Then there’s the frame. Steel, aluminum, and metal alloys are the most common since they’re tough yet lightweight. Anything thicker or heavier is typically too hard or complicated to carry, especially for backpacking.

What to Look For

No matter what type of hot tent you want or what materials are used, check that it offers a warranty. Even with every effort you make to stay safe, backpacking with a hot tent always presents a certain risk. If the tent doesn’t function properly or breaks prematurely, the manufacturer will handle the issue for you, provided there is a warranty.

You must also prioritize ease of setup. No hot tent should be so confusing or daunting that you need more than a few minutes to piece it together.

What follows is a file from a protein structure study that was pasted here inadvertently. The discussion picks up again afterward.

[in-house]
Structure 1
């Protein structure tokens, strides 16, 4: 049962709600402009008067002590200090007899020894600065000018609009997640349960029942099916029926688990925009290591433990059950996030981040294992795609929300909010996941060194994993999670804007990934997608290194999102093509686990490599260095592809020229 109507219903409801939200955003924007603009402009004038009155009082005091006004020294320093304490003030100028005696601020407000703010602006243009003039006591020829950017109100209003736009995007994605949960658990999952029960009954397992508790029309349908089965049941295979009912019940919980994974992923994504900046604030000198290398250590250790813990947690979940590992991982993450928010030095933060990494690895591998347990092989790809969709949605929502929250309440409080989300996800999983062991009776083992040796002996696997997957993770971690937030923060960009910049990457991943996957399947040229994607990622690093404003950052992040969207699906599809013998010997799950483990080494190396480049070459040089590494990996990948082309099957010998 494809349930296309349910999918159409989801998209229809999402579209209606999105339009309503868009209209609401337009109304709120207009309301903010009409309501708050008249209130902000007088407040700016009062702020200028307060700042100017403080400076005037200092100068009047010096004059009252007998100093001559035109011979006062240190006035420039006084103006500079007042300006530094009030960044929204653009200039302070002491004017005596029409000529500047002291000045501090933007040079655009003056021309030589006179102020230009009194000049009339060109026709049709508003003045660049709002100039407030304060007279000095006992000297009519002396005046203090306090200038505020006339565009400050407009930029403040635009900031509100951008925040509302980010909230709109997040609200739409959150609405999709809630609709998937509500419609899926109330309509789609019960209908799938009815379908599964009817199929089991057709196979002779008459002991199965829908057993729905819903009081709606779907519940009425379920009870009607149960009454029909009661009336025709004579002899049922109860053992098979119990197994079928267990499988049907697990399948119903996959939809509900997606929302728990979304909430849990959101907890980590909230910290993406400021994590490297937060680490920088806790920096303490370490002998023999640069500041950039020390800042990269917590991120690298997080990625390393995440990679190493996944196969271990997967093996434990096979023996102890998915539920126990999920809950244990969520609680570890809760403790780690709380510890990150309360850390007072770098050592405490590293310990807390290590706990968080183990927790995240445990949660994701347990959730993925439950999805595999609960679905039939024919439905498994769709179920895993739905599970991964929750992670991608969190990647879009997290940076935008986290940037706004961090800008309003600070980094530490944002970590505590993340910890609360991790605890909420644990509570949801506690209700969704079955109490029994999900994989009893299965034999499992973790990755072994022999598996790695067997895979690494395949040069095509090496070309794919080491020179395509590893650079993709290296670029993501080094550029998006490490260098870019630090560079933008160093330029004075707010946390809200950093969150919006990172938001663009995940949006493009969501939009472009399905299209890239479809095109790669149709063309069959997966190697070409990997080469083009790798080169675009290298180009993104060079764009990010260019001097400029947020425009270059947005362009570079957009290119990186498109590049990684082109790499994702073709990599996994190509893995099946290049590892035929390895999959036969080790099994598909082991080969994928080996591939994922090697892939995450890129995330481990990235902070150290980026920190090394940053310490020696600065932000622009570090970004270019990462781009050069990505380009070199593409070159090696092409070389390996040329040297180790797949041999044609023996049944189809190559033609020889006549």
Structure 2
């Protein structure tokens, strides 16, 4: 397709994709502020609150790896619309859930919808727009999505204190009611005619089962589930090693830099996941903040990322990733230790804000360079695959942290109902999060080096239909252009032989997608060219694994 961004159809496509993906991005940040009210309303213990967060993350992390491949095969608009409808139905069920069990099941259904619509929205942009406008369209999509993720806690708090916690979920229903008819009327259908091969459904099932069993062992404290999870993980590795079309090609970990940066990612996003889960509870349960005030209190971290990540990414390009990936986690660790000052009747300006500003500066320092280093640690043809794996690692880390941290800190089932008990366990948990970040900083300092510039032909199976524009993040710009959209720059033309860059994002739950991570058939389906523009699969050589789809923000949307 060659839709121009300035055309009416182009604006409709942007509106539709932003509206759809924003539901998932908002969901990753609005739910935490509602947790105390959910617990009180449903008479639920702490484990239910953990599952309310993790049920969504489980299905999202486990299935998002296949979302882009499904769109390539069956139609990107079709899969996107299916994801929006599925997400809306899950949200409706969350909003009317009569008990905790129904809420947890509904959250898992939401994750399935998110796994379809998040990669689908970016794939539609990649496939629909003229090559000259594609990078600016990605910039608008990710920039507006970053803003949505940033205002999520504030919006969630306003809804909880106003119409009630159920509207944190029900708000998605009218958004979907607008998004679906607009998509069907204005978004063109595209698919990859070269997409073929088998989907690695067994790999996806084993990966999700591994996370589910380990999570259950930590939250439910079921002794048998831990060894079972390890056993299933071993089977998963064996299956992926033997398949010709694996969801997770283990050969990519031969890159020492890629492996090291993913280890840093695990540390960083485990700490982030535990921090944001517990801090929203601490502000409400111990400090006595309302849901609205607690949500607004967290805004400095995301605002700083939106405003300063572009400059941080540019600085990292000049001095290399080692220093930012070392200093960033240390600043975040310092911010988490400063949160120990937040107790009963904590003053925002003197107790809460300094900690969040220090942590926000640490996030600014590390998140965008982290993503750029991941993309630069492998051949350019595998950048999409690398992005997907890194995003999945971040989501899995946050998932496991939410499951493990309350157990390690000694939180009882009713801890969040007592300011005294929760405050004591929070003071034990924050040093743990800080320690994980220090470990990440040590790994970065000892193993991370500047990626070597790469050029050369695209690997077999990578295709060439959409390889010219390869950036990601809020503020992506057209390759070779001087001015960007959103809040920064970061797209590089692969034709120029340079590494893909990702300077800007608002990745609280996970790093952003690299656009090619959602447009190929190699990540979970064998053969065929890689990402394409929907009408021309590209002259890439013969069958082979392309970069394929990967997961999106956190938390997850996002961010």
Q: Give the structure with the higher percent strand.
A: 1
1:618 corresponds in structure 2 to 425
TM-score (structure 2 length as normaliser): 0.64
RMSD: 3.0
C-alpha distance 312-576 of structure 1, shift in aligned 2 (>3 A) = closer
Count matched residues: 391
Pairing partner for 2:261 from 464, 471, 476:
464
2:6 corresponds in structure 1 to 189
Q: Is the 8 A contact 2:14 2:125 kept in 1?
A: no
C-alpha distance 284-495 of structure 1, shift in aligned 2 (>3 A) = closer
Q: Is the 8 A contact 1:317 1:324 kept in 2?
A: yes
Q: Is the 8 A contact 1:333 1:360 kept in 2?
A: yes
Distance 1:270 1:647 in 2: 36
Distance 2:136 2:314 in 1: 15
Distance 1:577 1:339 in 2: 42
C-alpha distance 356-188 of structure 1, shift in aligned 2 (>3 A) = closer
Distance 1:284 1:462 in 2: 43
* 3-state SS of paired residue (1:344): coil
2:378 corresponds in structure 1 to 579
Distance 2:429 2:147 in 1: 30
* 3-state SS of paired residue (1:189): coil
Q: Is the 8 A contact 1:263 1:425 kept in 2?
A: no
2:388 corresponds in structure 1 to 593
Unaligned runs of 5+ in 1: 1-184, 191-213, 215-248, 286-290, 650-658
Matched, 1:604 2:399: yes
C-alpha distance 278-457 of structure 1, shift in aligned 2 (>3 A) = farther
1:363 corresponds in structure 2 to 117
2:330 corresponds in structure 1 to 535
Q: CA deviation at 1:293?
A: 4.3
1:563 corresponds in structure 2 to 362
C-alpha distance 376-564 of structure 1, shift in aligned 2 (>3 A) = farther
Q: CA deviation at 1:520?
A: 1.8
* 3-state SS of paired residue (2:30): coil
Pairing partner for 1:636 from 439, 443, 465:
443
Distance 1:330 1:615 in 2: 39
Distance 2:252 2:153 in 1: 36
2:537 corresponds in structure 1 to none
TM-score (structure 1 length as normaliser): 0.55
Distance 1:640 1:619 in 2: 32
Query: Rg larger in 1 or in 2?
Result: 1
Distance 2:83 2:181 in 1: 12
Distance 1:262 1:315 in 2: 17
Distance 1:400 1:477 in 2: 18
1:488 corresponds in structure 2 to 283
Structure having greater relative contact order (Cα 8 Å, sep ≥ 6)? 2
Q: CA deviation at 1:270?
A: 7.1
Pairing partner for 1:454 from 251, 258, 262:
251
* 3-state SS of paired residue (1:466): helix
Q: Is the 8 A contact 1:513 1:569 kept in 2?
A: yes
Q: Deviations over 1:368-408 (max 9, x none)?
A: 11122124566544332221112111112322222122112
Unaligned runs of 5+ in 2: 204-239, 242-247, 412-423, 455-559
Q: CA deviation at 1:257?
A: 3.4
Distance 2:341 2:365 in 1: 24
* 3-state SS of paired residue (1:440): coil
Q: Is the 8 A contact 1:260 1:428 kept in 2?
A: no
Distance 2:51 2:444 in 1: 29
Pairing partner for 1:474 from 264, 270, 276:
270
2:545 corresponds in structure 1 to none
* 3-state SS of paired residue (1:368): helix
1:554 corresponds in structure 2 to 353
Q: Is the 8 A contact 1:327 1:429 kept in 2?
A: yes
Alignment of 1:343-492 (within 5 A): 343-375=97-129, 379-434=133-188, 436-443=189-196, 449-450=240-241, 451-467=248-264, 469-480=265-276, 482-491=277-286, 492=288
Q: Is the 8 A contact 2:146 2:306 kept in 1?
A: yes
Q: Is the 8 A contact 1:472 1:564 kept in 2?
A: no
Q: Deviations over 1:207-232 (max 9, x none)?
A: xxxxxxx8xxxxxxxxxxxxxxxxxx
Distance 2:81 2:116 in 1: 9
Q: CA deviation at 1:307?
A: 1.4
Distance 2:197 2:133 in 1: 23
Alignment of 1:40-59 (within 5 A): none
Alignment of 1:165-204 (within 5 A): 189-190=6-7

In fact, backpacking with a hot tent means you might need to arrange a campsite at unexpected or unideal times. Read our advice on how to set up a tent efficiently in all kinds of weather!

backpacking hot tent

Frequently Asked Questions About Hot Tents for Backpacking

Armed with so much information, you’re almost ready to try backpacking with a hot tent! The last thing to do is know how to answer the most common questions that come up while campers shop for the perfect model.

How does a hot tent work?

The idea behind a hot tent is simple–the roof or wall must have a stove jack or openings where pipes can exit the tent. To ensure they don’t fall off, the openings should be sewn directly and firmly into the fabric.

Once the tent is set up, you can put a wood-burning stove inside the tent, attach the stovepipe, and lead the pipe through the jack to release the oven smoke. This way, you get the heat you need for warmth and/or cooking without polluting the air inside the tent.